EGU21-7561
https://doi.org/10.5194/egusphere-egu21-7561
EGU General Assembly 2021
© Author(s) 2021. This work is distributed under
the Creative Commons Attribution 4.0 License.

Impact of different tree species and soil texture on physicochemical properties, carbon and macronutrient content of post-fire forest soils

Bartłomiej Woś1, Agnieszka Józefowska2, Justyna Likus-Cieślik1, Marcin Chodak3, and Marcin Pietrzykowski1
Bartłomiej Woś et al.
  • 1University of Agriculture in Krakow, Faculty of Forestry, Department of Ecology and Silviculture, Krakow, Poland
  • 2University of Agriculture in Krakow, Faculty of Agriculture and Economics, Department of Soil Science and Agrophysics, Krakow, Poland
  • 3AGH University of Science and Technology, Department of Environmental Management and Protection, Krakow, Poland

The objective of this study was to compare the impact of Scots pine (Pinus sylvestris L.), European larch (Larix decidua Mill.) and common birch (Betula pendula Roth) on the properties of regenerated soils in a reforested post-fire site in southern Poland (Central European conditions). The samples of O horizons (litter) and uppermost mineral soil (0-5 cm) were taken under pure stands of investigated tree species, aged from 26 to 27 years old and growing on sandy and loamy soils. In the litter samples, the pH, carbon and macronutrient (N, Ca, Mg and K) content were determined. The mineral soil samples were measured for texture, pH, soil organic carbon (SOC), total nitrogen (Nt), exchangeable acidity (Hh), basic exchangeable cations (Ca2+, K+, Mg2+, Na+) and cation exchangeable capacity (CEC). The obtained results indicated that the effect of tree species on soil properties was evident. The litter layers under birch had a higher pH and a lower C:N ratio, and they contained more N, P, Ca, and Mg than the litter layers under pine and larch. In the mineral soil, birch brought about a higher accumulation of SOC and CEC than the studied coniferous species. Higher SOC accumulation in mineral soil under birch was related to higher acidity under the species compared with the conifers. Soil texture in the studied range - from sands to loams - had only a limited effect on the properties of the studied post-fire soils. Thus, our results indicate that the tree species used for the reforestation of post-fire sites are crucial to the properties of regenerating soils and restoring the ecological functions of soils. Among the studied tree species, the common birch has the most pronounced effect on soil properties, and this is especially significant because the species has appeared by spontaneous succession.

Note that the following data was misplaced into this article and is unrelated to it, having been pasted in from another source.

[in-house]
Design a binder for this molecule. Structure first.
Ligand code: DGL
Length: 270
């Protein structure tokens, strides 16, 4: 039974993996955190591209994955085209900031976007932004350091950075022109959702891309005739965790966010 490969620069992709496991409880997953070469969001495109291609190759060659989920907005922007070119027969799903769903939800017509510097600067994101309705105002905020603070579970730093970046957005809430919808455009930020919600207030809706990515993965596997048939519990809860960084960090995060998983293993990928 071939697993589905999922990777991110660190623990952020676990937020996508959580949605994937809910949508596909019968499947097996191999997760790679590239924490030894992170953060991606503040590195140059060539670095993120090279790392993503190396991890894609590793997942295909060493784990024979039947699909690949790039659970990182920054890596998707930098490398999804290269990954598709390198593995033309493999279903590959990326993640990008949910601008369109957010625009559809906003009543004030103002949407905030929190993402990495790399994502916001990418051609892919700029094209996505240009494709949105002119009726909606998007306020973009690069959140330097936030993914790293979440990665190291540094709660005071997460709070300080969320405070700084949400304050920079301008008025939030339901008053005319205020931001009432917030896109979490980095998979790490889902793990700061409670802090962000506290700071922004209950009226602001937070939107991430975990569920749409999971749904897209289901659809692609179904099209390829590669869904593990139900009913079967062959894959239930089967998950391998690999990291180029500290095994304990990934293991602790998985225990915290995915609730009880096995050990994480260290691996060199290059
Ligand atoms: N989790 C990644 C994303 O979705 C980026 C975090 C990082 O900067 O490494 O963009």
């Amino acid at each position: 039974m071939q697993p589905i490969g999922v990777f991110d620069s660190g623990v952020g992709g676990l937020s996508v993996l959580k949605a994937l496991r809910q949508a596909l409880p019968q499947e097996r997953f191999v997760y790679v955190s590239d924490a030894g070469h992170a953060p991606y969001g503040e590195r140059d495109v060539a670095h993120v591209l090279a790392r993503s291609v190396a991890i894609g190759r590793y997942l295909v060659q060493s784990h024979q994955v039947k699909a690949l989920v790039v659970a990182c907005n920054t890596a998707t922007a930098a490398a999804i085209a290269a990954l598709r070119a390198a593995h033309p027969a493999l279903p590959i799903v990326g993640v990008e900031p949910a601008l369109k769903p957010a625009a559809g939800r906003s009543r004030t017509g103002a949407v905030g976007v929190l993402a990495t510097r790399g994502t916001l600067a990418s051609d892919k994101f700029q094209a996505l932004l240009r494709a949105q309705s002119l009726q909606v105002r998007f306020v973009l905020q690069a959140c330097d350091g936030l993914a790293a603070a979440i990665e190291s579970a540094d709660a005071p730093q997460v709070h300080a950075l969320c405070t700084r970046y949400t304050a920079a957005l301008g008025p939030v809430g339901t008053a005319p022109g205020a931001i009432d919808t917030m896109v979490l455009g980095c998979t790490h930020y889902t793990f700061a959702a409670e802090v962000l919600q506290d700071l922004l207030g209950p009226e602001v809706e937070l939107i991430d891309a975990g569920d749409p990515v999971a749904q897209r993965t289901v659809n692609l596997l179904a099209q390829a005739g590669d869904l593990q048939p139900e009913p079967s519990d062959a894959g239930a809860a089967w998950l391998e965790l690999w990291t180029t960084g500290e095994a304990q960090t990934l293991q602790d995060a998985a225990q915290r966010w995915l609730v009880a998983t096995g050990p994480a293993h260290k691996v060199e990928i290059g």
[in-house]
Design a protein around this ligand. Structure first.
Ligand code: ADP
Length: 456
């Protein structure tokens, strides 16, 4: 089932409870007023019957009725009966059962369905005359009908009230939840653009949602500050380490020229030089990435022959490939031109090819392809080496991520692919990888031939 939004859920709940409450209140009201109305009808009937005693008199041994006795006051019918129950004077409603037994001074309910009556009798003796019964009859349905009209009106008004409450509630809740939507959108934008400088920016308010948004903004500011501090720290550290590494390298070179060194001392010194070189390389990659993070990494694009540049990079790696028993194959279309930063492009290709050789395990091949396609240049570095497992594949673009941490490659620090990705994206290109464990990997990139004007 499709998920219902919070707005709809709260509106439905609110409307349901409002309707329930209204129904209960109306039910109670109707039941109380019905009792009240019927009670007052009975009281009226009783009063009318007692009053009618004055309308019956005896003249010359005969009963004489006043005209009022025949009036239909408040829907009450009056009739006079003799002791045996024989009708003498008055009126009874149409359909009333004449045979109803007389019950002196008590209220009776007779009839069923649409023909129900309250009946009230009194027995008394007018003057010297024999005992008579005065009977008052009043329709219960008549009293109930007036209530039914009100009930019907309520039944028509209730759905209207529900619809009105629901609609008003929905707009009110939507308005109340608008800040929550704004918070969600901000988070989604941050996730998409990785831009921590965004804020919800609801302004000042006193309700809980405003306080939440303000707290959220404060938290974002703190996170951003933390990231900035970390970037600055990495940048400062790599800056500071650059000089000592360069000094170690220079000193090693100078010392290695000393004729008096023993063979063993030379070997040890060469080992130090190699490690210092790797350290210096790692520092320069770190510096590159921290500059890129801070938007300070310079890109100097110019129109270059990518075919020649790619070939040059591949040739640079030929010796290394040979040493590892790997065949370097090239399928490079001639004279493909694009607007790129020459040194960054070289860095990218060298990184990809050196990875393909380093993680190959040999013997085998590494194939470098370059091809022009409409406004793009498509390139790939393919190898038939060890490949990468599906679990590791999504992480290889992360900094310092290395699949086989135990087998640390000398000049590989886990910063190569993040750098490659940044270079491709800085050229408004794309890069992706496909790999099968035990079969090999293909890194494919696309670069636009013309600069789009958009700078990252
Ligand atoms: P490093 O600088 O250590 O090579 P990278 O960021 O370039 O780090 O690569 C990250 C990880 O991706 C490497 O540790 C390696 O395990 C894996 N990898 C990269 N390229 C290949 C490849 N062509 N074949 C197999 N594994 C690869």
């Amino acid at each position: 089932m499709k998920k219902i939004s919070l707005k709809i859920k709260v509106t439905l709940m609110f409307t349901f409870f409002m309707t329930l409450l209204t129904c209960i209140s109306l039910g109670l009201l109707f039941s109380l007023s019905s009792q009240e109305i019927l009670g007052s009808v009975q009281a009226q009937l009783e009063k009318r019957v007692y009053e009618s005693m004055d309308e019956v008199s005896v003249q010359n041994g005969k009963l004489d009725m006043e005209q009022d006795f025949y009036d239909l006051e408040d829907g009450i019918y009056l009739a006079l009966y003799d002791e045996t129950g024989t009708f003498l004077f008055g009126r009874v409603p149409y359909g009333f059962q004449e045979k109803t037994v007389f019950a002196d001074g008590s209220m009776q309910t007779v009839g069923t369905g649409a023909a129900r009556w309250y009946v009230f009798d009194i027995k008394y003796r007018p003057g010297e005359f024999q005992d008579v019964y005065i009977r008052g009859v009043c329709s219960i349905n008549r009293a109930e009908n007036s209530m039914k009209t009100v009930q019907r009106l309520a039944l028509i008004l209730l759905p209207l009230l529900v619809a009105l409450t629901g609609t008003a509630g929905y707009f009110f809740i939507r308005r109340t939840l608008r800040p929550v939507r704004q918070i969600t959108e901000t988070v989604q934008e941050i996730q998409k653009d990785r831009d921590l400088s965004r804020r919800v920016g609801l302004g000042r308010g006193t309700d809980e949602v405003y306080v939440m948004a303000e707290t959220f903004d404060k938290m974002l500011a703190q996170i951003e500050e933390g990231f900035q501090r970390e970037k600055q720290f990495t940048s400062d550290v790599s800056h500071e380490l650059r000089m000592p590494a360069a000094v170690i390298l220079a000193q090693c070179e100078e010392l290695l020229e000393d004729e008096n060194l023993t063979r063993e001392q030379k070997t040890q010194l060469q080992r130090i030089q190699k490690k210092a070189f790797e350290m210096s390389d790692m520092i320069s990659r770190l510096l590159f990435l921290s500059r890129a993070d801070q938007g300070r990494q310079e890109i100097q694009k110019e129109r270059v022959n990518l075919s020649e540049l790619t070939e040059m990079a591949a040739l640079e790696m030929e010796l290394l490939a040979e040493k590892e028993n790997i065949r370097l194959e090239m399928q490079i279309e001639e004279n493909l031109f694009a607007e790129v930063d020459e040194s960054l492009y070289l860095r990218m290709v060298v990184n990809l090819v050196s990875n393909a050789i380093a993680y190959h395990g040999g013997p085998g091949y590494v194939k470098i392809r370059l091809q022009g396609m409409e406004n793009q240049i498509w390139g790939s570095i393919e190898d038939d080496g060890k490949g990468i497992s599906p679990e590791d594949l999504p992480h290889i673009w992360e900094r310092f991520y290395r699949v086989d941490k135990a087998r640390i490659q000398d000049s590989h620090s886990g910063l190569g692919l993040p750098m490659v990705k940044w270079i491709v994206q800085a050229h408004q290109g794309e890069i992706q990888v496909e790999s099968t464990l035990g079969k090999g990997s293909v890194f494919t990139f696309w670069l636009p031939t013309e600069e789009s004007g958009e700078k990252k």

The study was financed by The National Science Centre, Poland, Grant No. 2018/31/D/ST10/02137.

How to cite: Woś, B., Józefowska, A., Likus-Cieślik, J., Chodak, M., and Pietrzykowski, M.: Impact of different tree species and soil texture on physicochemical properties, carbon and macronutrient content of post-fire forest soils, EGU General Assembly 2021, online, 19–30 Apr 2021, EGU21-7561, https://doi.org/10.5194/egusphere-egu21-7561, 2021.

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